But the more I spend time pretending to be an adult, the more I realize how difficult it is for me to be focussed on the tangibles. For better or for worse, it looks like I have indeed turned out like my grandfather. I live my life pretending a lot of things matter to me - this job, the money, the car, the luxuries I enjoy.They don’t. I know where I’ve come from. I know where my family has come from. And I now find myself alien to my own life.
Give a 15 year old me one guess, and he’d tell you I’d end up right where I am right now. 15 year old me would be moderately happy - but 23 year old me is not. I’ve lost my identity. What I stand for. At this moment, I feel completely lost.
I’ve spent the last couple of months spending an awful lot of time by myself - while I have cribbed about it, it was the best thing that could have ever happened to me. It gave me time to think. And think. And think. And learn a lot about myself. And what I realized, is that I am never going to be truly happy if I continue travelling on this road. That although this road represents direction, it really doesn’t. It is far too random. Far too much entropy that I can’t control.
I found an amazing woman, who I probably cannot be with. I found my happy place, which I can’t have either. And I figured what I really have to be doing in the next couple of months - thankfully, that is something I can have. In short, I can have all the tangibles I want, but none of the intangibles. And it is never going to work for me. Worse, I don’t want it to.
So, your life is going to be measured by what you can have. What you let yourself have - the tangibles and the intangibles. And my grandfather possibly gave me a piece of really bad advice that I took seriously.
Because deep down, I’m a communist in my head, and a capitalist at heart.
Spend a little time out there on social media platforms, and you will realize how similar you are in your thought process to a lot of people out there.
The very concept of Twitter trends stems from the fact that a lot of people create content that is extremely similar in nature. And with the volumes involved, especially around public spectacles (like a football/cricket/tennis match), or events like elections, there is a good chance that people think of content that is similar in style and delivery.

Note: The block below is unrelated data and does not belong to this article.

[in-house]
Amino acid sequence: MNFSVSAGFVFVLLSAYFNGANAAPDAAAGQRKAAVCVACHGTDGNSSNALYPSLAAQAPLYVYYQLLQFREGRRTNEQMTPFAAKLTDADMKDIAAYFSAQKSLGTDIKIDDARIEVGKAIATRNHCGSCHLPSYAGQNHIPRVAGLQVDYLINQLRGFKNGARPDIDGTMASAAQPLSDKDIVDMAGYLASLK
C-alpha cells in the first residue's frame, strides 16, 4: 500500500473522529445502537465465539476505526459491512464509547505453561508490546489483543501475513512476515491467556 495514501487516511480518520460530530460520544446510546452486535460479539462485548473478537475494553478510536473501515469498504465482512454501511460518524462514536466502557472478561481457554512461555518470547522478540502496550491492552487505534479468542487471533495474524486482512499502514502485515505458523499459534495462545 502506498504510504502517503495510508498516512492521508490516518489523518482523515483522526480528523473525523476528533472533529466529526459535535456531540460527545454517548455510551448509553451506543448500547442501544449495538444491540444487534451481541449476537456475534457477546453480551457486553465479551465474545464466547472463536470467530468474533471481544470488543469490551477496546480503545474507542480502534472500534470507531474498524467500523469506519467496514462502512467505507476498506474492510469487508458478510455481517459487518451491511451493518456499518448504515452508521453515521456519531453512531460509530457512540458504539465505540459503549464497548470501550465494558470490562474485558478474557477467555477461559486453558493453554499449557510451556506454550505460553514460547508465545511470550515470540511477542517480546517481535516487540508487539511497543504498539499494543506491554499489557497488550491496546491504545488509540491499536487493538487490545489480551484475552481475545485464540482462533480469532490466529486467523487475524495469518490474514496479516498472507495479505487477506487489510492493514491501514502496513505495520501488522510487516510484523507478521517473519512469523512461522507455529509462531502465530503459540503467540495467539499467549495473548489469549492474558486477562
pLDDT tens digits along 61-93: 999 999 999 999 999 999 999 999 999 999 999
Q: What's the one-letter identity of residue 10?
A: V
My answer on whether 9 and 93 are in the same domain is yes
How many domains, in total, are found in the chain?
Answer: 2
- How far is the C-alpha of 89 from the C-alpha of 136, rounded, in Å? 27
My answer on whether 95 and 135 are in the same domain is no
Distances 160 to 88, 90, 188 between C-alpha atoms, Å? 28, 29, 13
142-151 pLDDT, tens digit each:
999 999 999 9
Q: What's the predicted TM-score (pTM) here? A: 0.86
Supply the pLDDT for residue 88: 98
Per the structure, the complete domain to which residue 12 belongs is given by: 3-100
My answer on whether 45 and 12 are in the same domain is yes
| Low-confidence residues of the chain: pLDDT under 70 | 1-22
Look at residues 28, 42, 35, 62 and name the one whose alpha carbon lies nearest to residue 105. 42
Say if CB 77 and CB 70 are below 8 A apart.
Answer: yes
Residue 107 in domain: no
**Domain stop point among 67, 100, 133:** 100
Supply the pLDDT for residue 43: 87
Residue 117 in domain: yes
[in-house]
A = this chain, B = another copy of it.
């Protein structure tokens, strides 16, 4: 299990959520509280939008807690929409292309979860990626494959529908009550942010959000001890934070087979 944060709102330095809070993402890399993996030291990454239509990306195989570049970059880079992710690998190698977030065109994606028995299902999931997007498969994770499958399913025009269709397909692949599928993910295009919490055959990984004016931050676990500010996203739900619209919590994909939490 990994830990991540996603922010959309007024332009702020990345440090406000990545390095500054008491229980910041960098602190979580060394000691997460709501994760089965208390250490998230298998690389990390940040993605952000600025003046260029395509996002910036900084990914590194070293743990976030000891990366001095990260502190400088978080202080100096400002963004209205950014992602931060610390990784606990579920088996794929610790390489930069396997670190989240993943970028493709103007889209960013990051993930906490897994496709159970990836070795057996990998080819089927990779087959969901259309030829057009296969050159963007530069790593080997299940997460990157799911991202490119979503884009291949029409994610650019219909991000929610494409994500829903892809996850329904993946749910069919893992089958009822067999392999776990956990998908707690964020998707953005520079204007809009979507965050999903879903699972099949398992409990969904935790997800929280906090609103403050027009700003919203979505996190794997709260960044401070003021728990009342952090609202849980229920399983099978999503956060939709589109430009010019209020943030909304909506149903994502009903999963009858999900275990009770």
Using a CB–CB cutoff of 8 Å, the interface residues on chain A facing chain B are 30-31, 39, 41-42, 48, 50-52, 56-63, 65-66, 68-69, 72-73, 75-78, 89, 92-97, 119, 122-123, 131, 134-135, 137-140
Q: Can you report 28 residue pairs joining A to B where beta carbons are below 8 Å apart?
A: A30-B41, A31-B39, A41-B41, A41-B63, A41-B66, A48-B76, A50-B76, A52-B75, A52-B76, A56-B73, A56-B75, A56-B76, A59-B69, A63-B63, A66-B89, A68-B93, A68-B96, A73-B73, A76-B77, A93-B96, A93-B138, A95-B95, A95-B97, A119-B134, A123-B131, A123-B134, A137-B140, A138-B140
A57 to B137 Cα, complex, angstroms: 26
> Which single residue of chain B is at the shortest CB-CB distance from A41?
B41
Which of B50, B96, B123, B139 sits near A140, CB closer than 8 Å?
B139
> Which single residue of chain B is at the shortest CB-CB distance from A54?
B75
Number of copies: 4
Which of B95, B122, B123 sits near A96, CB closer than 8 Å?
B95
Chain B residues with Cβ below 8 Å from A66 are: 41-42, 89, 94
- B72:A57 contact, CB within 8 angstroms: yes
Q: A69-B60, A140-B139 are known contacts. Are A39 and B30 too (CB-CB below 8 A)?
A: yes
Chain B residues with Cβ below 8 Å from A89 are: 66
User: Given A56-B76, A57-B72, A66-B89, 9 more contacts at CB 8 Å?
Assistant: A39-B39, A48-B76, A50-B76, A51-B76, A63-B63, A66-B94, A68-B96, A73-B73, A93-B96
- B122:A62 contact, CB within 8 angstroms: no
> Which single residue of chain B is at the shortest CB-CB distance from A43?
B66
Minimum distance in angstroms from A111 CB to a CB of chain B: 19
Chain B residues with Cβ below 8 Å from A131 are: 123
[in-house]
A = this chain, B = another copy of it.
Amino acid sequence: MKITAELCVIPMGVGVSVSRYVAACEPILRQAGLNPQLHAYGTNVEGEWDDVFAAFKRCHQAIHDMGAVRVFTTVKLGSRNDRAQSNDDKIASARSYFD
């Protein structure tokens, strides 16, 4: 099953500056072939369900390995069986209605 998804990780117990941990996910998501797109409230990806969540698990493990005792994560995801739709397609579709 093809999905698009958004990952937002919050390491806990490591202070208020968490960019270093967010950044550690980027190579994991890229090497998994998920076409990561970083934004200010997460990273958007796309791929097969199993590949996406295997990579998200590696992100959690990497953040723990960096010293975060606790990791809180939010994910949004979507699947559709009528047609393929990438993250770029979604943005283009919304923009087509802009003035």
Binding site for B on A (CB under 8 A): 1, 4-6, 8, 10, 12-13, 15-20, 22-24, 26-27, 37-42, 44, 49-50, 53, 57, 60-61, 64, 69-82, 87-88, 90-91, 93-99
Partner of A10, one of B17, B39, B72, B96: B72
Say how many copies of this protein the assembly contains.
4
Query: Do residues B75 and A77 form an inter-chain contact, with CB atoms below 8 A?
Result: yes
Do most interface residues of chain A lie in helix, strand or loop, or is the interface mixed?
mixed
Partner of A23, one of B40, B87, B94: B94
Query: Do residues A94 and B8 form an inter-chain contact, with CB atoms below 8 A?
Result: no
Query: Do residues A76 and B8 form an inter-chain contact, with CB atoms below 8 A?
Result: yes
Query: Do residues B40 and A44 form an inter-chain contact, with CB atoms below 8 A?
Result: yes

So who does the Intellectual Property of that content belong to? Does it merely belong to the one that posted the content earlier? What is the guarantee that every subsequent quantum of content that is similar to the first appearance is plagiarized?
Personally, I make it a point to provide credit to the creator of the content I find worthy of sharing. It is something I stick to religiously. And I take offence when it is suggested that I have “stolen” content without providing adequate credit. Among the things that disturb me greatly, this ranks pretty high up there.
On a tangent, I think it takes misplaced levels of self-importance to claim rights over content that you have created, when you see it in a different form somewhere else. And claiming a few seconds of a head-start is quite possibly, the shallowest defence you can make of your accusations.
Sure, I’d be lying if I said that I haven’t stolen an idea from here and there. We all have. And nobody is a holy cow. But they’ve mostly been instances of deliberate trolling involving mild banter. I’ve even deliberately stolen content from this one person just to rile him up during the 2011 World Cup. Of course, it was a different matter that he fully knew about it at the time.
You really think your content was stolen? Stand up for it. But do not do so until you are absolutely sure of what you’re talking about. Its a matter of propriety. A lot of us are victims of time, really.
I’ve been looking back at some of the decisions I have taken for myself, and trying to figure out where I’ve gone right and wrong. Didn’t take me much to realize that I’ve placed a lot of importance on having a strong Plan B in place before shooting at Plan A. And it explains a lot about why I haven’t been able to deliver on my Plan A’s and why I’ve always ended up with safe options.
Sometime yesterday, I was planning my next set of important decisions, when I started kicking myself for a lot of the safe routes I chose to take. I was overcome with this strong urge to put all my eggs in one basket and go all in. And that’s when I realized what was happening.